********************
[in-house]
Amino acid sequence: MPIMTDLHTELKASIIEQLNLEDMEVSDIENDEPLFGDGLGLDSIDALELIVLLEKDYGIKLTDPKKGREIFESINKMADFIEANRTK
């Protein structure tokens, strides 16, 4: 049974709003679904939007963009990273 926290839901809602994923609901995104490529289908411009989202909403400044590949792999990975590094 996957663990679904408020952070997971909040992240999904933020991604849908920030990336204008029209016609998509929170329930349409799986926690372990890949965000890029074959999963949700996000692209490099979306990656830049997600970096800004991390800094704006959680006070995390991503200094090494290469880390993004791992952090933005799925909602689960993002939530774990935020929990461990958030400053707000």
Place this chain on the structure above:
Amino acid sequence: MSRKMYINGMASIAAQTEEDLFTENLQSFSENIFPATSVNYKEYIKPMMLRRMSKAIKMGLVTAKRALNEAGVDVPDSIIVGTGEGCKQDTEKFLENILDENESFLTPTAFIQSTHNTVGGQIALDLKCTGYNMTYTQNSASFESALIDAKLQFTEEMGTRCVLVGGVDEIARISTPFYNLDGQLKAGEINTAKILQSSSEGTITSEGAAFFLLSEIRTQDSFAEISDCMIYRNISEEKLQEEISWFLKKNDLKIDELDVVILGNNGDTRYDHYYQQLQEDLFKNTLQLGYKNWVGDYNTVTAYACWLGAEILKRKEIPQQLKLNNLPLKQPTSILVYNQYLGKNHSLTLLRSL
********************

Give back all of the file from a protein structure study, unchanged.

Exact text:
[in-house]
Amino acid sequence: MPIMTDLHTELKASIIEQLNLEDMEVSDIENDEPLFGDGLGLDSIDALELIVLLEKDYGIKLTDPKKGREIFESINKMADFIEANRTK
């Protein structure tokens, strides 16, 4: 049974709003679904939007963009990273 926290839901809602994923609901995104490529289908411009989202909403400044590949792999990975590094 996957663990679904408020952070997971909040992240999904933020991604849908920030990336204008029209016609998509929170329930349409799986926690372990890949965000890029074959999963949700996000692209490099979306990656830049997600970096800004991390800094704006959680006070995390991503200094090494290469880390993004791992952090933005799925909602689960993002939530774990935020929990461990958030400053707000």
Place this chain on the structure above:
Amino acid sequence: MSRKMYINGMASIAAQTEEDLFTENLQSFSENIFPATSVNYKEYIKPMMLRRMSKAIKMGLVTAKRALNEAGVDVPDSIIVGTGEGCKQDTEKFLENILDENESFLTPTAFIQSTHNTVGGQIALDLKCTGYNMTYTQNSASFESALIDAKLQFTEEMGTRCVLVGGVDEIARISTPFYNLDGQLKAGEINTAKILQSSSEGTITSEGAAFFLLSEIRTQDSFAEISDCMIYRNISEEKLQEEISWFLKKNDLKIDELDVVILGNNGDTRYDHYYQQLQEDLFKNTLQLGYKNWVGDYNTVTAYACWLGAEILKRKEIPQQLKLNNLPLKQPTSILVYNQYLGKNHSLTLLRSL